Aftermath the Battle of St. Foy

In the last days of April, 1760, both the English, from their retreat within Quebec City and the French from the heights to the west of Quebec, looked every moment down the St. Lawrence. The both sides hoped to see some sign of the approach of reinforcements from abroad.

On the morning of May 9th, the masts of a ship were seen beyond the end of the Island of Orleans. Excitement ran high. The ship showed no flag, so nobody knew if the help was coming for the French or for the English. As the ship rounded the island and came into full view, the watchers saw the Union Jack break from the masthead. It was Lowestoft, a British frigate, the first of a small fleet of approaching vessels bearing relief in food and men for the besieged forces.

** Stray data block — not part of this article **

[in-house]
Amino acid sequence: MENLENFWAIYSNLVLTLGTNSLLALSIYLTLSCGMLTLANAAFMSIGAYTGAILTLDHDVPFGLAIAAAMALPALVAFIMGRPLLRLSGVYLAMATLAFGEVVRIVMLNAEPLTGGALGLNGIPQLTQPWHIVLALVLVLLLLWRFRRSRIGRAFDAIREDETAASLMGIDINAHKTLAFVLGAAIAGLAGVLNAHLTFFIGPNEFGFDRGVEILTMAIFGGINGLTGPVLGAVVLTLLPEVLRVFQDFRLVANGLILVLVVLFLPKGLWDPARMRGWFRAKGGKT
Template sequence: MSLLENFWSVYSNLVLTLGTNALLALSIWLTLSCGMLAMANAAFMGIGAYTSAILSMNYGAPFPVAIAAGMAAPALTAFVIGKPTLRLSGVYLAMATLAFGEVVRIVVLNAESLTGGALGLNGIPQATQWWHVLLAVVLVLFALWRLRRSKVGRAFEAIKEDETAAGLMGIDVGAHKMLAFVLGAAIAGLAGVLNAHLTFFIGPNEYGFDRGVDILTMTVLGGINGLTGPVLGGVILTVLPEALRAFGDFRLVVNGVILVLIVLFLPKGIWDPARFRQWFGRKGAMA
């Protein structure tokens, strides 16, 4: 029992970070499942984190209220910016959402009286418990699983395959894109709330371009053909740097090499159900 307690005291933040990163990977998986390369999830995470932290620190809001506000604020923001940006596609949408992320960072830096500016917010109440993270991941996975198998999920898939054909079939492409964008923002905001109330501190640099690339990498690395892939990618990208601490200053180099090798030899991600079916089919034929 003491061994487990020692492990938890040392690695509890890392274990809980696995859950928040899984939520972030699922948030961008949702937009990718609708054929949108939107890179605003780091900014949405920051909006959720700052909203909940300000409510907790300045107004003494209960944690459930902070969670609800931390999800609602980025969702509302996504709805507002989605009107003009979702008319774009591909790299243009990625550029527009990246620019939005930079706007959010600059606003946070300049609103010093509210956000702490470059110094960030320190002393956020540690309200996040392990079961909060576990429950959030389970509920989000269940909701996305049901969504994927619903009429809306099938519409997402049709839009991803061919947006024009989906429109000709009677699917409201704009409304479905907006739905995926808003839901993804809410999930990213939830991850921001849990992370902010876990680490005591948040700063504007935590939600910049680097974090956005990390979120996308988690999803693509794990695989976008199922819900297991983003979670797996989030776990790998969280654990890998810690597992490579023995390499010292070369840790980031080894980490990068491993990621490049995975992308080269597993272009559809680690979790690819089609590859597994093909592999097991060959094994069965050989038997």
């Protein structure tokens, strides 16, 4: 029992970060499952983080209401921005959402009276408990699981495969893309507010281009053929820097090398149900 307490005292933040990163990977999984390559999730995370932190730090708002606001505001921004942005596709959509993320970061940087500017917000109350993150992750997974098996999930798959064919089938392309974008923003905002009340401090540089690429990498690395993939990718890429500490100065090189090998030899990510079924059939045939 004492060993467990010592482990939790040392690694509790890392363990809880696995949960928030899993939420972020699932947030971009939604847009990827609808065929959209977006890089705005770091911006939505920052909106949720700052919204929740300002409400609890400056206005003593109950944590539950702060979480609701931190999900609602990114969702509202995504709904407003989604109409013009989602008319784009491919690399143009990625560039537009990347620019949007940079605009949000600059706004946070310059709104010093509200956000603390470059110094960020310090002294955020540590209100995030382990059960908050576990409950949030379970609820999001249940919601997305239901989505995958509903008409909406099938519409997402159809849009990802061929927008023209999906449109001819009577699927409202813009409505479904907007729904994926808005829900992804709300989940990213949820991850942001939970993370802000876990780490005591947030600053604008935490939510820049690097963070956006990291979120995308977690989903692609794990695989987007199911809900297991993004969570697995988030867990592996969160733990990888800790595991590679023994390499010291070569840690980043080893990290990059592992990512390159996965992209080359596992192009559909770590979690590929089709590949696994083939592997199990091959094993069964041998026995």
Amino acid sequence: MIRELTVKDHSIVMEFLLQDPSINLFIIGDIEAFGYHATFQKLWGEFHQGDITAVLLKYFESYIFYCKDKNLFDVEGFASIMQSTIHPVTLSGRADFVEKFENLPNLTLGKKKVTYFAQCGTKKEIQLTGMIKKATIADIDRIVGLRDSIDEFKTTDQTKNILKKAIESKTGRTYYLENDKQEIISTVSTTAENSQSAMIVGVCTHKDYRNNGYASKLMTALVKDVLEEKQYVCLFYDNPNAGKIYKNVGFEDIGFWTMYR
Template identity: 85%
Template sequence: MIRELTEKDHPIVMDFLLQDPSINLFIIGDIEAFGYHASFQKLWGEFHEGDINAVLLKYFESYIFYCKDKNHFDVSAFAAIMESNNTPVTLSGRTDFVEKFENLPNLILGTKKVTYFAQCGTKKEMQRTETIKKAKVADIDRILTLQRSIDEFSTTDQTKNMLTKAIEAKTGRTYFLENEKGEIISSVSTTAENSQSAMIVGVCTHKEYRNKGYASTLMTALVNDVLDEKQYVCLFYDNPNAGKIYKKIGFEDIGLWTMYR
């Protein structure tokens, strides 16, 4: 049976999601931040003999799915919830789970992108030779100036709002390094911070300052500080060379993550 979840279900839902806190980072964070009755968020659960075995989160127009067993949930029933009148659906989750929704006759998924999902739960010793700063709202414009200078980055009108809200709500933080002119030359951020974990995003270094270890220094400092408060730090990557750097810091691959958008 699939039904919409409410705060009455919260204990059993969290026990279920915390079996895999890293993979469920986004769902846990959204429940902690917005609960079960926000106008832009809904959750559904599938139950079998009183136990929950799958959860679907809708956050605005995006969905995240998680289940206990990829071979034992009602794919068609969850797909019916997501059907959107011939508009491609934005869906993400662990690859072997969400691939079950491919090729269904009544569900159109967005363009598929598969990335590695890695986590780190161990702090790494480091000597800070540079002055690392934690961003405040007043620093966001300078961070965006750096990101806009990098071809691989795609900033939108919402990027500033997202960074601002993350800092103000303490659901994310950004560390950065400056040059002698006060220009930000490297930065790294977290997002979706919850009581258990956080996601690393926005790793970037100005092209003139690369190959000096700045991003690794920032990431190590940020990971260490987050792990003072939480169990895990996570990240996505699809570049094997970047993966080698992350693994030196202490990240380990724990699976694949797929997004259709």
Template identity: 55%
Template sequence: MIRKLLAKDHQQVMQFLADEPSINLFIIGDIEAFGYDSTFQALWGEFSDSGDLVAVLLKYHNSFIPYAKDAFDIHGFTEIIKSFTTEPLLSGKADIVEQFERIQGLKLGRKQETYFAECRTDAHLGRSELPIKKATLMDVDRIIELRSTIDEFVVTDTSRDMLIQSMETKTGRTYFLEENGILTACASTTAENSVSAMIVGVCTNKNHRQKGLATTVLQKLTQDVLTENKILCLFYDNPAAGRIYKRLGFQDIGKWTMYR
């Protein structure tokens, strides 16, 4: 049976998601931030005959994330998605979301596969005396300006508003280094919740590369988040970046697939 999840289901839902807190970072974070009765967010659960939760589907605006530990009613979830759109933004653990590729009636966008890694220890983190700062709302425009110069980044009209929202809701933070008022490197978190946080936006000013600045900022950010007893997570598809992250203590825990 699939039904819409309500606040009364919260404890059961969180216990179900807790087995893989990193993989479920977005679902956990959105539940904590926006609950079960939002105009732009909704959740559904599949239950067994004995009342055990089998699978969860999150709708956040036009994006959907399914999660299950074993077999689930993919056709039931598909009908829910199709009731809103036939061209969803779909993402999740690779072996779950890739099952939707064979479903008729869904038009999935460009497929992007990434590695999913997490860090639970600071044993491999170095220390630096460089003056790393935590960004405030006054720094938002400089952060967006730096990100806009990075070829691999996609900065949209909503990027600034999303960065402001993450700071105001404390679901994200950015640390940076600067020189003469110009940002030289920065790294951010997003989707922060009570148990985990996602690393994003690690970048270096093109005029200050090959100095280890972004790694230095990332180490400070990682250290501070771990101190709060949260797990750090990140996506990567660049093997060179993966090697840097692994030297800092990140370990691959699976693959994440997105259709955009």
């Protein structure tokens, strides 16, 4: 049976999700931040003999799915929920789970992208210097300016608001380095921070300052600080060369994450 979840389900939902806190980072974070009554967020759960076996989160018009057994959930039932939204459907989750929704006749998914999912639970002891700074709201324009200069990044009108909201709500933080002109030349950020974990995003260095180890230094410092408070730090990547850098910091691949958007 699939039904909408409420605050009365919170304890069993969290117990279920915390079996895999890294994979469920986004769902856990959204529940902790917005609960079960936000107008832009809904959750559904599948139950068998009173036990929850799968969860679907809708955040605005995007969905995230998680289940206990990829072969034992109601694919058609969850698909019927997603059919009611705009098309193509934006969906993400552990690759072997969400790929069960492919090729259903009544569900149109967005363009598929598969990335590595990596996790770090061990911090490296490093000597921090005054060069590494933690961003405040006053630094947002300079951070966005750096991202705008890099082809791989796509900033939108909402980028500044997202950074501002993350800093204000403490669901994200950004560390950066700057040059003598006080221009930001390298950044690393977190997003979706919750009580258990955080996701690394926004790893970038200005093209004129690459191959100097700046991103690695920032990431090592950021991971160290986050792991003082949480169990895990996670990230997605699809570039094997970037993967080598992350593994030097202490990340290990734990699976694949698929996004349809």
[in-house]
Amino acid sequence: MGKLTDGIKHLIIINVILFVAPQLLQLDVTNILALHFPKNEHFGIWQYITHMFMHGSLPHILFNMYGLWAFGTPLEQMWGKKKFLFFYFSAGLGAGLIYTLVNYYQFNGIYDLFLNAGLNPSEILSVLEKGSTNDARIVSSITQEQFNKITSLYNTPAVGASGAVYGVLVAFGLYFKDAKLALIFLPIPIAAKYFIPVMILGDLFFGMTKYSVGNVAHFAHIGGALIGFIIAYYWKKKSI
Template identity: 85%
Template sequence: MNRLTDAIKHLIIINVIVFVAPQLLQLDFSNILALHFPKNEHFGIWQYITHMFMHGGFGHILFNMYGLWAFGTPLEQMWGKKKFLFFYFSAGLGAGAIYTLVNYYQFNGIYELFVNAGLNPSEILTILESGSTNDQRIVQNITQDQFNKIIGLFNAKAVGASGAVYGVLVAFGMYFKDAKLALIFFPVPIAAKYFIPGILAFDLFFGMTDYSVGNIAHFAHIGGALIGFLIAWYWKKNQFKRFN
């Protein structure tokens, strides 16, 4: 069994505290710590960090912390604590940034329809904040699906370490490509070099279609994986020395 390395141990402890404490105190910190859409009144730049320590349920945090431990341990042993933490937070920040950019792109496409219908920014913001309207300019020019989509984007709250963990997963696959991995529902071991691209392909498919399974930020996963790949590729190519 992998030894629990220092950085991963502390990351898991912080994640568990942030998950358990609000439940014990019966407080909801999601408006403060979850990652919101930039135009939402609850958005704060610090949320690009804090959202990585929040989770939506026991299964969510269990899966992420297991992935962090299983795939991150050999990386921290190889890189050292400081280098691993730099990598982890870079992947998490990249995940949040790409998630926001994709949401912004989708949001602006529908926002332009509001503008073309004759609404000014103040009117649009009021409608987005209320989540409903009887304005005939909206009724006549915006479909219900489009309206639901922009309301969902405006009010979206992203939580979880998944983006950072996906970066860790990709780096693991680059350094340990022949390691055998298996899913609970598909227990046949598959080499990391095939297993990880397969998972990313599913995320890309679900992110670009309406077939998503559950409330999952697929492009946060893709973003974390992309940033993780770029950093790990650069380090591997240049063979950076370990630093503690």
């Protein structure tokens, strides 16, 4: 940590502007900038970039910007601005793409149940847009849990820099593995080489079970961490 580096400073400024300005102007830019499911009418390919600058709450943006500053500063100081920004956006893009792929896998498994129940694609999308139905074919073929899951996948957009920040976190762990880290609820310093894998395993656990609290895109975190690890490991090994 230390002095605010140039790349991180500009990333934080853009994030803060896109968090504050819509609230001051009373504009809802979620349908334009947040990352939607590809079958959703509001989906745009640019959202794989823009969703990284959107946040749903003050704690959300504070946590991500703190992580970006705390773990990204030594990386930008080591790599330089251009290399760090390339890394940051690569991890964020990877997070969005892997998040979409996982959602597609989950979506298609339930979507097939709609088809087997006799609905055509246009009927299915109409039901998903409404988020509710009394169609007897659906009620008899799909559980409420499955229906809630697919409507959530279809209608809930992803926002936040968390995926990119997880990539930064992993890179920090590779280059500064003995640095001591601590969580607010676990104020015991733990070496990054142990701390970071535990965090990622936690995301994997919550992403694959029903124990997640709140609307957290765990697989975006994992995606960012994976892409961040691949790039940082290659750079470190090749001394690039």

As to the French reinforcements, six fairly large vessels and a number of smaller boats left Bordeaux in France on April 10, 1760to race across the Atlantic carrying aid for the French Army in New France.

The fleet under the command of Admiral Colville was intercepted by the English and destroyed in the Battle of Restigouche, in the Bay of Chaleurs. Chevalier de Levis knew at once then the fate of New France was sealed. He waited a few days longer near Quebec. Then he struck camp and led his force back to Montreal, where the English sent the best of their soldiers from Quebec City.

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